Mike Toomim and I gave a talk today at Google in Palo Alto on our joint project on using economics to understand users' choice of interfaces and to inform design decisions in human-computer interactions. The title of the talk was "HCI meets Economics" and the slides are available here. The abstract is below:
In 1983, Donald Norman presented the very first paper at the very first meeting of the Computer-Human Interaction (CHI) conference, and posed a still open problem: can we scientifically measure and optimize "user satisfaction"? Specifically, can we predict which interfaces users will value and choose to use, before building and deploying a product? Twenty-eight years later, we have yet to find objective measures of an interface's "value" or "user satisfaction."
We present a new method to measure and quantify user choice based on Economics. To understand user behavior we run economic experiments with thousands of humans on the web. We pay users different amounts of money to use different interfaces that accomplish the same task, and determine the monetary amount that an interface variation is worth. For instance, we find that aesthetic changes to an interface significantly changes the amount of money we have to pay. Thus, our approach provides direct measures of user behavior and how much improvements in interfaces are worth to different types of users. This will help designers understand the trade-offs inherent in interface design.
In addition, our methods allows for experiments that were previously not possible in both HCI and Economics. In this talk we explain our method, initial experiments, planned extensions, and the implications for both HCI and Economics.
I am presenting at the labour/development brown bag on Thursday 12 May at 12.30. The title of the talk is "Risk Perception, Health Knowledge, and Sexual Behavior." This is not a paper, but a research agenda with Mark Anderson. It follows partly from our recent paper on drop outs and STDs submitted to Demography. A short abstract for the talk is below.
We will discuss a new research agenda relating to adolescent sexual behavior in the US that we are beginning to work on. The talk will focus on the basics of trying to understand the formation of beliefs in the absence of (practical) experience and how expectations and beliefs change over time with experience and additional information.
Busy March: In addition to the PacDev mentioned below, I presented my work on family planning in Ethiopia at the 25th anniversary conference of the Centre for Studies of African Economies in Oxford and at the Population Association of America's annual meeting in Washington, DC. Mark Anderson and I also had a poster on our paper on the effects of dropping out of high school on sexually transmitted diseases.
Mark Anderson and I just finished a paper looking at one pathway through which dropping out of school might affect future life outcomes. The paper is "Why is Dropping Out of High School Bad? Dropouts and Sexually Transmitted Infections". The abstract for the paper is:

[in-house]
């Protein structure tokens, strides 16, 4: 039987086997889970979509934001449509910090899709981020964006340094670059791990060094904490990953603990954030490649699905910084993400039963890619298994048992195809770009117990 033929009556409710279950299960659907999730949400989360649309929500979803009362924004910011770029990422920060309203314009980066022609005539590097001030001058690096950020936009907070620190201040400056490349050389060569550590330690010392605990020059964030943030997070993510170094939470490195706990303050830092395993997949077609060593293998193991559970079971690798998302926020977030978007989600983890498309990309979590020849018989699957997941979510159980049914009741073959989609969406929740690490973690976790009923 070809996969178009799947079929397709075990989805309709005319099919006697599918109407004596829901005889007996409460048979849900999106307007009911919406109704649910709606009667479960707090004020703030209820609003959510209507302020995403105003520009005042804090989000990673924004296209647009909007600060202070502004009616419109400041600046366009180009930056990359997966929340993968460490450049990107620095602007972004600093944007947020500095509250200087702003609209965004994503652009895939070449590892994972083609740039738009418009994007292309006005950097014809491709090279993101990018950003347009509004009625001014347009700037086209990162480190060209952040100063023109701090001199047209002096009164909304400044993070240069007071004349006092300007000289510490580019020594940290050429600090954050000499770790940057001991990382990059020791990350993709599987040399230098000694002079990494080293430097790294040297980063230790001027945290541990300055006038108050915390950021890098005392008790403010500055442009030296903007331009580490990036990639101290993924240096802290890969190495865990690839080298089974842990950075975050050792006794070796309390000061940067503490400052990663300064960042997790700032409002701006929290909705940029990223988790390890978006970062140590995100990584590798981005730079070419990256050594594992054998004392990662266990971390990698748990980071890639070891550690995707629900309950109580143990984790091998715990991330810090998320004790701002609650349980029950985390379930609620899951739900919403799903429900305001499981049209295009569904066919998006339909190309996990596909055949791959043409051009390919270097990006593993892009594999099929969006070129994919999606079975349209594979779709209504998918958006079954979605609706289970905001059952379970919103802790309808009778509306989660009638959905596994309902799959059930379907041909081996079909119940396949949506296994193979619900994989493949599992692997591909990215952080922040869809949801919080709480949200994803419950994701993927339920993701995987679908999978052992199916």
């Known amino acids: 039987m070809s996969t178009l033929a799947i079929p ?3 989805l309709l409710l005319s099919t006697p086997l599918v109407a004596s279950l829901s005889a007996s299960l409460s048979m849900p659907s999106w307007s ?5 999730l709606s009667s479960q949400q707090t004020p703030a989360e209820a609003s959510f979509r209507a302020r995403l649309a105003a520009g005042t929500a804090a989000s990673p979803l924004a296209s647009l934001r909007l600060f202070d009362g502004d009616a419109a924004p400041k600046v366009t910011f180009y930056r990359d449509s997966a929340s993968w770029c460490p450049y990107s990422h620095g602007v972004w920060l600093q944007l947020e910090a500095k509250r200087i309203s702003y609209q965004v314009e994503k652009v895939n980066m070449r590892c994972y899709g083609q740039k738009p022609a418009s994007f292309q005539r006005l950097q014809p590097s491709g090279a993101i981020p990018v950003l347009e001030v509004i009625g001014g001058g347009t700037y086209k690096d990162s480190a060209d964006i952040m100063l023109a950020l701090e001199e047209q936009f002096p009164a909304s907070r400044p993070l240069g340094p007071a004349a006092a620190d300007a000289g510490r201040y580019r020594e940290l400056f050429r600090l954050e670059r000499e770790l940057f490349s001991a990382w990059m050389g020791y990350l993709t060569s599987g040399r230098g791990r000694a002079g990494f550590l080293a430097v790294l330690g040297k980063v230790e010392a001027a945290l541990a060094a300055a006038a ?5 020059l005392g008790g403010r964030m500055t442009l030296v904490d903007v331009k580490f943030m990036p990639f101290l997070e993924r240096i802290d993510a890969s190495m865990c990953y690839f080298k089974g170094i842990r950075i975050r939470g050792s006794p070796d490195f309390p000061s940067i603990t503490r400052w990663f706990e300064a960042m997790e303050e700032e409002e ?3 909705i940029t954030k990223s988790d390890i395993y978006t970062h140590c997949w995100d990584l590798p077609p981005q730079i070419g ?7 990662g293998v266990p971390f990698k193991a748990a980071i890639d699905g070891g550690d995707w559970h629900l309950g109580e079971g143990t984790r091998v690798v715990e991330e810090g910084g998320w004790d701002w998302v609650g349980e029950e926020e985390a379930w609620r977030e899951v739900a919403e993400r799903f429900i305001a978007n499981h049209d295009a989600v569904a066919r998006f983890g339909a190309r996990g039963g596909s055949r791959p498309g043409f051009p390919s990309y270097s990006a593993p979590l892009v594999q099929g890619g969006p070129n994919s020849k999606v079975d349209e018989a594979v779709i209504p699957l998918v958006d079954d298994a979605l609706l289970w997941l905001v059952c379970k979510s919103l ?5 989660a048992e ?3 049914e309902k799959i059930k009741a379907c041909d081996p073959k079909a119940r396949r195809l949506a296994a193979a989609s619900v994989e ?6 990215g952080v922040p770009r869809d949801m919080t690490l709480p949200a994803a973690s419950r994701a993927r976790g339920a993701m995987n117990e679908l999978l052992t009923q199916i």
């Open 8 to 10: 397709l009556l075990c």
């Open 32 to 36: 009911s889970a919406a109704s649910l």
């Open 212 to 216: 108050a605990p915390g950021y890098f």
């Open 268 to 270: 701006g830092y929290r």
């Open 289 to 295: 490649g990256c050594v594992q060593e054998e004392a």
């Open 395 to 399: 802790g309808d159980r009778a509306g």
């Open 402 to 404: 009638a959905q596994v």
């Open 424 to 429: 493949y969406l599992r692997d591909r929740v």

People who drop out of high school fare worse in many aspects of life. We analyze whether there is a causal effect of dropping out of high school on the probability of contracting a sexually transmitted infection (STI). Previous studies on the relationship between dropout status and sexual outcomes have not empirically addressed self-selection effects. Using individual fixed effects estimations we find strong evidence that dropping out increases the risk of contracting an STI for females. Furthermore, we present evidence illustrating differences between the romantic partners of dropouts versus enrolled students. These differences suggest that female dropouts may be more susceptible to contracting STIs because they partner with significantly different types of people than non-dropouts. These results point to a previously undocumented benefit of encouraging those at risk of dropping out to stay in school longer.
I am heading to Oxford to participate in the CSAE conference. The plenary sessions will be aired live at http://www.csae.ox.ac.uk/conferences/2011-EdiA/video.html The program is: Sunday 20 March 2011 14: 30- 16:00 GMT Panel Debate: Research, African Economic Policy and the Role of Private Business
Monday 21 March 2011 8:30 -9:30 GMT Assessing the Millennium Villages Program
Monday 21 March 2011 9:30-10:30 GMT Keynote speech on 'Education as Liberation?' by leading US academic Michael Kremer
Tuesday 22 March 2011 16:30-18:30 GMT Panel Debate: Randomized Controlled Trials or Structural Models (or both... or neither...)?:
I will be presenting my work on family planning in Ethiopia (joint with Kathleen Beegle and Luc Christiaensen, both from the World Bank). Unfortunately, that will not be aired live ;-).
I presented my paper on family planning in Ethiopia (joint with Kathleen Beegle and Luc Christiaesen, both from the World Bank) at the 8th annual Pacific Conference for Development Economics held at UC Berkeley. I also chaired a session on "Local Economic Shocks and Risk Sharing." As usual the conference was well attended and Ted Miguel did a great job at putting together a very nice conference.